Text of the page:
By J David Truby
Would Hitler have ordered the invasion of the British Isles had he and his General Staff known that many of the automatic weapons and rifles shown in Home Guard news photos from 1940 were…wooden guns?
There is a story behind that question, but first a bit of background history.
Prior to World War II, the British government had already confiscated private firearms from its citizens in a flurry of anti-gun activity somewhat like the continued anti-gun hysteria in the U.S. today. As a result, the British were largely disarmed when Hitler’s armies stood poised across the very short moat of the English Channel, ready for invasion. Even as weapons came from America, there were simply not enough.
One of those weapons coming from America was the famed Thompson submachine gun. Winston Churchill, Great Britain’s legendary symbol of World War II spirit, was quoted in the U.S. press as saying, “General Thompson’s gun may be, pound for pound, the most devastating weapon ever devised for war.”
His words moved to action quickly. The British government, which had told Auto Ordnance, the Thompson gun builder, a few years earlier that it wanted nothing to do with “that tatty American gangster gun,” was suddenly ordering thousands of the submachine guns. The orders came so fast that Auto Ordnance had to subcontract to Savage Arms to meet British needs.
In February of 1940, the British government began placing orders on commercial contract for Thompsons and by year’s end had bought nearly 110,000 weapons. Then, in 1941, President Franklin Roosevelt decreed Lend Lease operational for our future allies, which effectively opened the doors of our arsenals, sending thousands of machine guns and submachine guns, including Thompsons, to the beleaguered British.
With Dunkirk a horrendous reality, Britain had lost many of her soldiers and most of her modern weapons; the threat of a German invasion was right there, in His Majesty’s face, staring across the Channel. Britain was, as the cliché said so accurately, a tiny, beleaguered, isolated island in that lonely summer of ’40.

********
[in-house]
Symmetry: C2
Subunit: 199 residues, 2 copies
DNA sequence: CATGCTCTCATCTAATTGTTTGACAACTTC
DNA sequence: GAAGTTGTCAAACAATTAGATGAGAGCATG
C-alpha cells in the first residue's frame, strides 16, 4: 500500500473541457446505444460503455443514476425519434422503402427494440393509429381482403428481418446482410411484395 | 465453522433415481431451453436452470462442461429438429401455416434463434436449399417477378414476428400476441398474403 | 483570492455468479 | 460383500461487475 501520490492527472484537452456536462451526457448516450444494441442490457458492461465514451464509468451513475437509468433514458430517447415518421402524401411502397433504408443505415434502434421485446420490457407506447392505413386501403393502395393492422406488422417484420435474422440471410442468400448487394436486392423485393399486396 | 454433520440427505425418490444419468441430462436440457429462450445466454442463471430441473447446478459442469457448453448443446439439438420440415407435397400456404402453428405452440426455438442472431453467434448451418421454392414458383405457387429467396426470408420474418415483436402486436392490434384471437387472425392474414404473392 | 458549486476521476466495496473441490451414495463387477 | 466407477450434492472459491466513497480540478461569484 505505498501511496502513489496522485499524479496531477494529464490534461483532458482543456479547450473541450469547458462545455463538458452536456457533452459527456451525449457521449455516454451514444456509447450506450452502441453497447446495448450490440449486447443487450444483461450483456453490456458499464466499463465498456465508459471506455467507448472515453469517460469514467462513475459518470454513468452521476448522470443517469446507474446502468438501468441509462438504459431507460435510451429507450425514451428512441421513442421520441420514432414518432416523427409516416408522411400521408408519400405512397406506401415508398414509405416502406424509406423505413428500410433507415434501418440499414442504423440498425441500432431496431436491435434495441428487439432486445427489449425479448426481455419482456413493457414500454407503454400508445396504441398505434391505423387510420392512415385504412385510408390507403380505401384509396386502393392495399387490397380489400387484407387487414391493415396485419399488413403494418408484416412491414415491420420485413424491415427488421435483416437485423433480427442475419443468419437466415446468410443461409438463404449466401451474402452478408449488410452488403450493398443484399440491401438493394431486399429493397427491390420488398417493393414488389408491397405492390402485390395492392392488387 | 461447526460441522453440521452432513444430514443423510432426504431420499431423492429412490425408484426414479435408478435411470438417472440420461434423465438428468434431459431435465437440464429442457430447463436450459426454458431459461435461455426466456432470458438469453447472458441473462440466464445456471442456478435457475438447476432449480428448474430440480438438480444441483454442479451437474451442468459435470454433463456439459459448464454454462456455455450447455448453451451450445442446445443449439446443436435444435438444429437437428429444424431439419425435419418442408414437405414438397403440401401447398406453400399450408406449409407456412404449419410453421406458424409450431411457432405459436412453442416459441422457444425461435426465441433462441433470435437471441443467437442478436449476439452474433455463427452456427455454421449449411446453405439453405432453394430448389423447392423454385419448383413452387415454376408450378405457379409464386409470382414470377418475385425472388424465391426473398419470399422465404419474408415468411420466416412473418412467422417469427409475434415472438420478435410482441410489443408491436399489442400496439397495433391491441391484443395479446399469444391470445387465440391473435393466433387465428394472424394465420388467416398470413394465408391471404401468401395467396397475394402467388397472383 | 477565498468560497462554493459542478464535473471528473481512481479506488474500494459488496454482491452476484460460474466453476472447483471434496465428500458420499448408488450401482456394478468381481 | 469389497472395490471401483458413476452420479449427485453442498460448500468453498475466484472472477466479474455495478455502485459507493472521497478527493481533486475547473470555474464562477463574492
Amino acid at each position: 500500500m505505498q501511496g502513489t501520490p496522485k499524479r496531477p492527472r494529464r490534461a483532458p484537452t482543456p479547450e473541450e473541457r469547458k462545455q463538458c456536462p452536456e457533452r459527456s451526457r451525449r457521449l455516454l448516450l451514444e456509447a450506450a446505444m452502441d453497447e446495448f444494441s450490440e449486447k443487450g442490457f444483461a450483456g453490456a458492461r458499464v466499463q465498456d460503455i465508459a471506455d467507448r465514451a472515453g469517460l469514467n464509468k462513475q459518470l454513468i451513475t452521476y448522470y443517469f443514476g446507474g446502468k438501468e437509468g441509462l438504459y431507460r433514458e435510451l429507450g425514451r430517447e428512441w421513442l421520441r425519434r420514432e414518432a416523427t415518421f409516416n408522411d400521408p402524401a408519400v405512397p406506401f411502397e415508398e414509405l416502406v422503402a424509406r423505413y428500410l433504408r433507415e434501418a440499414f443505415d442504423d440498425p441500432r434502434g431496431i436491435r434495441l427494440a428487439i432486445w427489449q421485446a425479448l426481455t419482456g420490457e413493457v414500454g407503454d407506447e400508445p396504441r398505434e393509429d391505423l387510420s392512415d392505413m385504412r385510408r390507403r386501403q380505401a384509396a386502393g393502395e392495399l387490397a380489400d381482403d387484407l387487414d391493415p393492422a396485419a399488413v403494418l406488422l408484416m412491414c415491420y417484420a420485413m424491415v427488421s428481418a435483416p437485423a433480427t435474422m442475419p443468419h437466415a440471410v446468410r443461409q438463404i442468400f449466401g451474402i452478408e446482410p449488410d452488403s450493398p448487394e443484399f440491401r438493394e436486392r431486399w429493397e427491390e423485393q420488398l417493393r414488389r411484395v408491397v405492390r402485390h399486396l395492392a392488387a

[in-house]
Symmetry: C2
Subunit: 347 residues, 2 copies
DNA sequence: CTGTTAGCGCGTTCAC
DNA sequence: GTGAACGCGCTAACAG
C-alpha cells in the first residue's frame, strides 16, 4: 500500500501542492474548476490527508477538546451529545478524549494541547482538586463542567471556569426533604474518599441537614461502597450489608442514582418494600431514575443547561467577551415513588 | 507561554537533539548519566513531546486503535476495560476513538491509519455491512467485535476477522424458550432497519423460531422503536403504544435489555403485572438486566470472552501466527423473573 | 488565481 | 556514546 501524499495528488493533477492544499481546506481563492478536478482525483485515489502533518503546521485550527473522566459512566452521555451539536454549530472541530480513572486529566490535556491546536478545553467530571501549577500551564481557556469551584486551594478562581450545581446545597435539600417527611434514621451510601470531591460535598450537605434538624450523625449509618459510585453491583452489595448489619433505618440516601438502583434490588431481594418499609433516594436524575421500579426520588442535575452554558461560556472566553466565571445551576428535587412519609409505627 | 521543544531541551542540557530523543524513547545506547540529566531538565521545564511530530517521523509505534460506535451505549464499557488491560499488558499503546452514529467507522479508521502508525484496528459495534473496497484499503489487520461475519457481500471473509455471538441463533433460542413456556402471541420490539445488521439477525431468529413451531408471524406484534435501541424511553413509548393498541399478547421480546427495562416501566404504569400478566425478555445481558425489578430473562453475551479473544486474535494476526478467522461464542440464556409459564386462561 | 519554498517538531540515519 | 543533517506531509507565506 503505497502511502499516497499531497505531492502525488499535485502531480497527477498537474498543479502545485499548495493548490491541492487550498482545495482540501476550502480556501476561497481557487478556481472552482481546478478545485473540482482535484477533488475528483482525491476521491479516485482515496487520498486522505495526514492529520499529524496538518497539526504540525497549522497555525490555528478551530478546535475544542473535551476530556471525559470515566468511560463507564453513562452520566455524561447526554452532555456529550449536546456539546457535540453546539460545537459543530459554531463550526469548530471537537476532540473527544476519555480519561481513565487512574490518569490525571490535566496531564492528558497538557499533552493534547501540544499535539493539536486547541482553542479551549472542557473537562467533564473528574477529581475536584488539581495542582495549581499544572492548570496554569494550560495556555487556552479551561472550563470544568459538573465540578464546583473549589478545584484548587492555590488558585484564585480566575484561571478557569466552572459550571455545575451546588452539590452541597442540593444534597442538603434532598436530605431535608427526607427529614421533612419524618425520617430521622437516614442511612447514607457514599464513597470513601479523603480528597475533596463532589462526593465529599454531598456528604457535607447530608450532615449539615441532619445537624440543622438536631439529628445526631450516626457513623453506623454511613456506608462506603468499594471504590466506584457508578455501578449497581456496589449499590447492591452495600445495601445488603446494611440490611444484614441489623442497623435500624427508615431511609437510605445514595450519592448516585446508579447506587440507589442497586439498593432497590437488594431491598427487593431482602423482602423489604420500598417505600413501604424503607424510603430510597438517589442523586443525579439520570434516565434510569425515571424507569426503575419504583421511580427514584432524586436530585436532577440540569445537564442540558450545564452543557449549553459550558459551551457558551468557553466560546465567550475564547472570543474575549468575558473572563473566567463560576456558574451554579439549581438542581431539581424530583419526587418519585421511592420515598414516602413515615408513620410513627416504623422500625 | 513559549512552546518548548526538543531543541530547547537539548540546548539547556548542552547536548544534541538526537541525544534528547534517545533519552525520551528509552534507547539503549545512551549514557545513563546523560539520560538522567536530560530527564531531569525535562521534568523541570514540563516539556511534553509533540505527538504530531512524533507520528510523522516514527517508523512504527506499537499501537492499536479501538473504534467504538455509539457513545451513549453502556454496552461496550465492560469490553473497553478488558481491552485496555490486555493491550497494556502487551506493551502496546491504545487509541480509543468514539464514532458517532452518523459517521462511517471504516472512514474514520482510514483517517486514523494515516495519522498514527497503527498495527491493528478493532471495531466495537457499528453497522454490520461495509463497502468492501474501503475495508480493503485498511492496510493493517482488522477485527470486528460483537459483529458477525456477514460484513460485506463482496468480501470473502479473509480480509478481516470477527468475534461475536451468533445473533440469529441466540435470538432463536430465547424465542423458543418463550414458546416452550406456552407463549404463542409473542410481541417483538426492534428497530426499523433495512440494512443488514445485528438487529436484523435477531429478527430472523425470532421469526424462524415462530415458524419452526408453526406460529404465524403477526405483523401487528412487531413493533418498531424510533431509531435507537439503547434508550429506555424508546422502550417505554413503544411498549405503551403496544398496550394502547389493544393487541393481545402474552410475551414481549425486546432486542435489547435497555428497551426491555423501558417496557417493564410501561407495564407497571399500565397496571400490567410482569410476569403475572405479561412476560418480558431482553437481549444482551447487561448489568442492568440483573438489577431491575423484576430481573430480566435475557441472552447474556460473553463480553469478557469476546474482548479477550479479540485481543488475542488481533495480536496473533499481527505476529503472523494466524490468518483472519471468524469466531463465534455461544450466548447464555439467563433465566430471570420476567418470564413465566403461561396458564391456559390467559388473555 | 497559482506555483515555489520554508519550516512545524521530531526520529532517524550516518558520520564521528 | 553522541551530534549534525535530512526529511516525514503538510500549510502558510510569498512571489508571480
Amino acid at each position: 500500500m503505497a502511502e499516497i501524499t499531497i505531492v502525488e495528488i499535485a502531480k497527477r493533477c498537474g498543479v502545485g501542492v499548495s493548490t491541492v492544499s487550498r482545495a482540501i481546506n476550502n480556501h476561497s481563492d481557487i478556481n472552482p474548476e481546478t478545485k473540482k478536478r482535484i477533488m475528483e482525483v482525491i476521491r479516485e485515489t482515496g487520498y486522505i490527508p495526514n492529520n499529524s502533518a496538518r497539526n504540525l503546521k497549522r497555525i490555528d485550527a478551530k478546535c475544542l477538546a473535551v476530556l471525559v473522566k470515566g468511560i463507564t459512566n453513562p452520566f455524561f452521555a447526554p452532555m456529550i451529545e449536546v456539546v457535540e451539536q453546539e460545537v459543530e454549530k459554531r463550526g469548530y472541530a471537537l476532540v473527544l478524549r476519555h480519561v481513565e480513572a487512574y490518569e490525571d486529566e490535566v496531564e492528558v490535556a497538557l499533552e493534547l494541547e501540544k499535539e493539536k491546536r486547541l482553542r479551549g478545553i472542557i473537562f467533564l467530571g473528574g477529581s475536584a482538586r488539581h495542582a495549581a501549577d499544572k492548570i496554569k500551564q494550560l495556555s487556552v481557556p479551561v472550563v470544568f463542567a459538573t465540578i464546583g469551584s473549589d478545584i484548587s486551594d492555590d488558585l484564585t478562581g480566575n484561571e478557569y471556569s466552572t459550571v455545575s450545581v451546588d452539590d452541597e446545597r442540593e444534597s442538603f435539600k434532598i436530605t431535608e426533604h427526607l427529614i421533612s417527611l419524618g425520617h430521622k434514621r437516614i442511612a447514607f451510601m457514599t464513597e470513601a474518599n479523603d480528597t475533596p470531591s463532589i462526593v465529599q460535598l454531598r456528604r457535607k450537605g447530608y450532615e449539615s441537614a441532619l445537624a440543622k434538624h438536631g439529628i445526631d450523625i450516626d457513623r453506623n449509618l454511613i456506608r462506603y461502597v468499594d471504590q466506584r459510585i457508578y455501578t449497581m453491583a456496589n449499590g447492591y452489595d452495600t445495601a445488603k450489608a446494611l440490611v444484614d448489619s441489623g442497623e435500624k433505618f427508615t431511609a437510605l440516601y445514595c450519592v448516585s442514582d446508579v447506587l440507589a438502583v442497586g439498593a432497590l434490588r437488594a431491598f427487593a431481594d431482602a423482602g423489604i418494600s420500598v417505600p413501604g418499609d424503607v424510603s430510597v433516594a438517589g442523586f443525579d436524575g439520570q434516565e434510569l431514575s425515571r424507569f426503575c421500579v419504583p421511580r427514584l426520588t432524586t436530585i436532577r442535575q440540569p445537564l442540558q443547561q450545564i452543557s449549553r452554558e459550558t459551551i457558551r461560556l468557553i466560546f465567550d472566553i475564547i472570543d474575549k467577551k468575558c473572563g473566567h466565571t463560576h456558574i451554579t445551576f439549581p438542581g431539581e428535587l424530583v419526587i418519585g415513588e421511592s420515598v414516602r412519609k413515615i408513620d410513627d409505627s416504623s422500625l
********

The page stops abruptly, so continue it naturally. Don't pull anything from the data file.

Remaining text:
At this point, Churchill and his staff, as adept with the weapons of psychological warfare as with the hardware, knew they had to add some feint to their fight. Propaganda, a tactic, which would be called Psychological Operations, a couple of wars later, was ordered to the attack.
About the only time the military and politicians are friendly and cooperative with the press is when it suits their own purpose, i.e., propaganda. After the disaster/miracle of Dunkirk and the Hitler-threatened invasion of the Home Isles, the British needed propaganda ammunition almost as much as the real thing. Churchill, Britain’s Prime Minister knew the value of propaganda, having utilized it in one form or another his entire career, personal and professional.
Various British units, reserve and regular, passed around the supply of modern weapons and were duly photographed with them for the world’s press, so as to appear that all were fully equipped with modern, automatic weapons.
As Mike Willis, of the Imperial War Museum staff, noted, “My father’s Home Guard Battalion had a considerable number of Thompsons and BARs and occasionally they were stripped of these weapons so they could be passed along to other units, to be photographed with them, to make it appear that all men were well-armed.”